I got most of these ideas from Lindsay, writing for SEOmoz. Taking them off your SEO to-do list will save you a lot of time this year – and we can all use more time, right? You can invest the time you save in building more quality content for your website and improving your visitors’ experience.
First, stop playing hide-and-seek with your keywords – or any content, for that matter. You’re not fooling anyone. Putting white text on a white background (or black text on a black background) so search engines see it but visitors don’t is so 1997. Likewise, don’t hide text over an image, or use CSS to hide text. And don’t get fancy by putting links or keywords in tiny text, or linking from some tiny character such as a comma, hyphen, ampersand, etc. Google is smarter than this.
Now that you’ve given up that game, it’s time to give up another game: keyword stuffing. Would you hire a plumber who told you 50 times that they can unclog any type of drain, or would you get references? Google’s algorithm does something similar. So don’t use the Meta Keywords tag, don’t put tons of keywords in your Meta Description, and for the love of search, don’t track your keyword density.
I’m not saying you can’t use keywords, mind you; in fact, one or two judiciously-used keywords in your Title Tag can help. I’m saying you shouldn’t go overboard. SEOmoz commenter gfiorelli1 gave the following Title Tag as an example of going overboard: “HOTELS IN MUMBAI, MUMBAI HOTEL RESERVATION AND MUMBAI HOTEL BOOKING, MUMBAI LUXURY HOTELS, DELUXE HOTELS IN MUMBAI.”
In case you’re wondering, this SEO managed to fit in “hotel” five times, “Mumbai” five times, and the concepts of “reservations” and “luxury” twice each. That’s insane. Remember that Title Tags do get seen by visitors – and this one looks ugly. It’s much better to greet your users with “Going to Mumbai? Book your reservation in a deluxe area hotel.”
The third thing you can leave at the curb for 2011 is link schemes. Whether they’re called link farms, link wheels, link exchanges, multiple-way linking, it doesn’t matter. Just say no. I’ve seen some would-be SEOs claim that they still get some value from reciprocal linking, though. If the reciprocal link would benefit users of both sites, then it might be worth considering. For instance, if you run a dog obedience school, you might exchange reciprocal links with a dog grooming site.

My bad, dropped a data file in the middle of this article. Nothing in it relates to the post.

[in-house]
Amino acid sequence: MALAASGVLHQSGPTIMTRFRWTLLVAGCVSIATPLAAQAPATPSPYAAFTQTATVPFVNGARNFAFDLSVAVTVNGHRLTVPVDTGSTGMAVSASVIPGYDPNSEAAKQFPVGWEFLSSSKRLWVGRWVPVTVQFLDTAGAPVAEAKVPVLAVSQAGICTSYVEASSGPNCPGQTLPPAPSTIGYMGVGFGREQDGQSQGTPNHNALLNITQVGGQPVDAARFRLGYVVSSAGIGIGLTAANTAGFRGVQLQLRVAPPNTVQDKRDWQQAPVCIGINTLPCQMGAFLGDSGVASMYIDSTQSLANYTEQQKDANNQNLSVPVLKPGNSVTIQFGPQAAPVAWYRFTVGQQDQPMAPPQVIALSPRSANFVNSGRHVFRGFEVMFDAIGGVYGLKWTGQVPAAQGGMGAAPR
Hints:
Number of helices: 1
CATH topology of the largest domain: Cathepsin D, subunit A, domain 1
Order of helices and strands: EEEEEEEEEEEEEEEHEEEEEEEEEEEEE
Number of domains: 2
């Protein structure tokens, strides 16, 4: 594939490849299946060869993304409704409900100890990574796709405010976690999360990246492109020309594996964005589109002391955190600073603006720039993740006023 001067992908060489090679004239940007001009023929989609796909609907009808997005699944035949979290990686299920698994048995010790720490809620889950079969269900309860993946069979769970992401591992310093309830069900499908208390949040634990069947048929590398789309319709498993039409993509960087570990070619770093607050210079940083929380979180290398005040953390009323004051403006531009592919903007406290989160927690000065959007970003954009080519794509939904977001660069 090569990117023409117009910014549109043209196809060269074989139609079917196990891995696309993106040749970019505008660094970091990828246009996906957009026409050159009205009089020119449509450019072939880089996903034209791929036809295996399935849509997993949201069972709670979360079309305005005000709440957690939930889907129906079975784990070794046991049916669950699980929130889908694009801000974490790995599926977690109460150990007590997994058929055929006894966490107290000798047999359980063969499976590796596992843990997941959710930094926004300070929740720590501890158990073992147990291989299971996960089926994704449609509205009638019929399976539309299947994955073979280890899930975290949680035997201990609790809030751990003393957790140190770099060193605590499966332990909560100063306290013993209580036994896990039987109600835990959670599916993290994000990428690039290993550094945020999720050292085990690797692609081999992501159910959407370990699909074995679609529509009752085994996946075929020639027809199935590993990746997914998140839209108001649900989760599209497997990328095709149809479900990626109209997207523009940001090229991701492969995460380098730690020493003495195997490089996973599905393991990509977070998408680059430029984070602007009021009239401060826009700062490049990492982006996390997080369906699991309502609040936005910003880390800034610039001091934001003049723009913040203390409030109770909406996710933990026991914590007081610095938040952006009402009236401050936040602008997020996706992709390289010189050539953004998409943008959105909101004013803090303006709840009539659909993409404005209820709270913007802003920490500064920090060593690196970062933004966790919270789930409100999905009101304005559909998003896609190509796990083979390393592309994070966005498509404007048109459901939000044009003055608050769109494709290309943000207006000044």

While we’re on the subject of linking, there’s a right way and a wrong way to use forums and make comments on blogs. If you become a valuable member of the community by making interesting and helpful comments, that’s one thing. If your sole purpose is to drop your site link and otherwise market yourself, you’re spamming and you need to stop. Google will know the difference, and so will anyone who actually participates in that community. You’ll be doing yourself far more harm than good.
Basically, anything you do to artificially generate links does not belong on your to-do list. So don’t pay SEO companies to submit to thousands of directories for $20 or less (and don’t do it yourself!). And don’t build lots of mini-sites to divide up your content so you can make them all link back to your main site to improve its standing in the SERPs. Google will detect this, and when it does, your sites’ rankings will fall faster than snow in Boston.
Okay, now that we’ve beaten links to death, it’s time to talk about content. You’ve heard that “content is king.” That’s not exactly true; QUALITY content is king. So if you’re trying to boost your site by adding page after page after page of content, stop right there. As Lindsay explains, “Quantity is not quality. More pages in the index does not mean more traffic.” So don’t publish new pages for all 25,000 keywords you’re targeting (and why are you targeting that many keywords to begin with?!). And don’t expect every single page of your website to get indexed. Settle for the most important ones, keep building QUALITY content, and move on.
Finally, I’ve come to some items that are so old I hesitate to even mention them. I’d like to think that most modern SEOs are totally past these, but I’ve seen too many forum members asking questions about these issues to hang on to that illusion. So – in case you didn’t get the memo, PageRank is NOT an indicator of your website’s strength or success. If you’re trying to use it to measure either one of these, stop it right now. Also, you wouldn’t substitute your competitor’s brain for your own, so don’t blindly target their keywords; do your own research.
SEO has been declared dead before, but as long as search engines continue growing and improving, you will always need to improve your website. This is why SEO isn’t something you do once and forget about. Think you’re not guilty of that? Do you have pages that rank well that you haven’t touched in a long time? I thought so. It’s time to get to work on them, and the rest of your site as well. Good luck!